January 21, 2010

In Support of Shouting Fire (in a Crowded Theater)

Often proponents of censorship refer to the phrase "shouting fire in a crowded theater" as a clear case where free-speech should not be protected. The point is simple, but bears repeating: if somebody falsely claims a fire and as a result people panic and folks get hurt, the person who knowingly lied about the fire should be liable for the injuries and resultant destruction.


Supreme court justice Oliver Wendell Holmes Jr. explained this point in his majority opinion in a 1919 case this way:

"The most stringent protection of free speech would not protect a man falsely shouting fire in a theater and causing a panic. [...] The question in every case is whether the words used are used in such circumstances and are of such a nature as to create a clear and present danger that they will bring about the substantive evils that Congress has a right to prevent."

It thus begs the question that if this point came up in a specific court case, to better understand the phrase and its implications, we should take a look at the case itself. While the phrase seems rather clear-cut, the context in which it was invoked is much less certain. In the Supreme Court case Schenck v. United States, the Secretary of the Socialist Party, Charles Schenck, was convicted under the Espionage Act of 1917.

So what did this "Socialist spy" actually do that lead to his arrest? He spoke out against the draft. He printed, distributed, and mailed 15,000 leaflets to men eligible for the draft telling them to "assert your rights" and not to "submit to intimidation." Another message reads, "If you do not assert and support your rights, you are helping to deny or disparage rights which it is the solemn duty of all citizens and residents of the United States to retain."

To us today where anti-war protesters are given a much longer leash by the government, these rather commonplace statements hardly seem worthy of note. Yet, not only was he brought to court for exercising his free speech, but he was also given six months in prison after a unanimous Supreme Court decision ruled that his speech was not protected by the First Amendment. After being released, he was later found dead in his house, presumably from pain-killers.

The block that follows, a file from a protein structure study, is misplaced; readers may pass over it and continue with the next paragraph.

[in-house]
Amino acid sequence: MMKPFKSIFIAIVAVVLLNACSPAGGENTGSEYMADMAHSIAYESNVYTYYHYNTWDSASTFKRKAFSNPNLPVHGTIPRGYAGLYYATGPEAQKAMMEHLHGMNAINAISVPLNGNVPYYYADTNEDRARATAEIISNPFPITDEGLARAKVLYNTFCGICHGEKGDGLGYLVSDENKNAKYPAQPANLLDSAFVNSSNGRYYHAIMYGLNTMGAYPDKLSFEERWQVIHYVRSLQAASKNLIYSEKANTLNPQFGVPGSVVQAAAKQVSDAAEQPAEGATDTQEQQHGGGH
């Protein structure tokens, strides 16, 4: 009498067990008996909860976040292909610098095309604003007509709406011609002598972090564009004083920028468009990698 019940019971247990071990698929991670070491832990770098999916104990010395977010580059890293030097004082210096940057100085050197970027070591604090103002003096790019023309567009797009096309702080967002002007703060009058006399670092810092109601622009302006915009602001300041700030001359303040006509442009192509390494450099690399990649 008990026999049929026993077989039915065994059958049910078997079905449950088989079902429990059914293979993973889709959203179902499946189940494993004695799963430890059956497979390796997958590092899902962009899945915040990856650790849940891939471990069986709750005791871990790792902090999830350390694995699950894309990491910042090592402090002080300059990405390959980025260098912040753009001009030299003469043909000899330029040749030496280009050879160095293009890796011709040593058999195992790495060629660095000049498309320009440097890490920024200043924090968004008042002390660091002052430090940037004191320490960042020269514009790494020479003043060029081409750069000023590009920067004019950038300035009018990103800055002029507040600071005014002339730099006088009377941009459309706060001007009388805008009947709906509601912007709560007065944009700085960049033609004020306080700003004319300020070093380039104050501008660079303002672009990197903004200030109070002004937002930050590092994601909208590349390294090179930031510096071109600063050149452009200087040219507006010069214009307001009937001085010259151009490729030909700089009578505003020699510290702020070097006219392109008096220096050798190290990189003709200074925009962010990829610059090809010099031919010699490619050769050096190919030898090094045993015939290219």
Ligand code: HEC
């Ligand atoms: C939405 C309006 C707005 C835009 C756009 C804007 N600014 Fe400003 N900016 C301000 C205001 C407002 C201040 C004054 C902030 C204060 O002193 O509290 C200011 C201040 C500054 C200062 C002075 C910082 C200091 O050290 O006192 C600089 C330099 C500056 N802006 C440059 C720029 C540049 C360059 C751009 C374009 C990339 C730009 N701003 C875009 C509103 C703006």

As Holmes, the justice pictured above, said: "When a nation is at war many things that might be said in time of peace are such a hindrance to its effort that their utterance will not be endured so long as men fight, and that no Court could regard them as protected by any constitutional right."

This inevitably reminds one of the modern day right-wing assertion that the former President could not be criticized while "we're at war." How a man publishing anti-draft leaflets constitutes a "clear and present danger" and will "bring about substantive evils" is far beyond my understanding. This concept that civil liberties must be sacrificed during times of war is a rather common and dangerous fallacy. Media and government constantly reminded us that we go to war to protect liberties and expand democracy, yet then how can a war that is supposed to spread liberty abroad simultaneously diminish liberty at home?

Although the criteria of "clear and present danger" was later modified in an Ohio court case concerning the KKK, to me the whole concept of censorship seems bunk. Although responsibility should always be exercised in our speech, I cannot see a reason why speech should be limited just because it goes against the politics of the time. If somebody opposes a war, they have a constitutional right to express that opposition without fear of reprisal. If not, the First Amendment is a farce. Justice Holmes is a well-respected legal thinker, however on this point I'm going to have to respectfully disagree.


As an American, we have to realize that the same types of speech that are considered tantamount to "shouting fire" are the same types of speech that made this country possible. Was Thomas Paine shouting fire? Did the Declaration of Independence constitute a clear and present danger? I would say no, they did not. So, next time somebody talks about fire and crowded theaters, let them know where the phrase comes from and the un-democratic principles it assumes.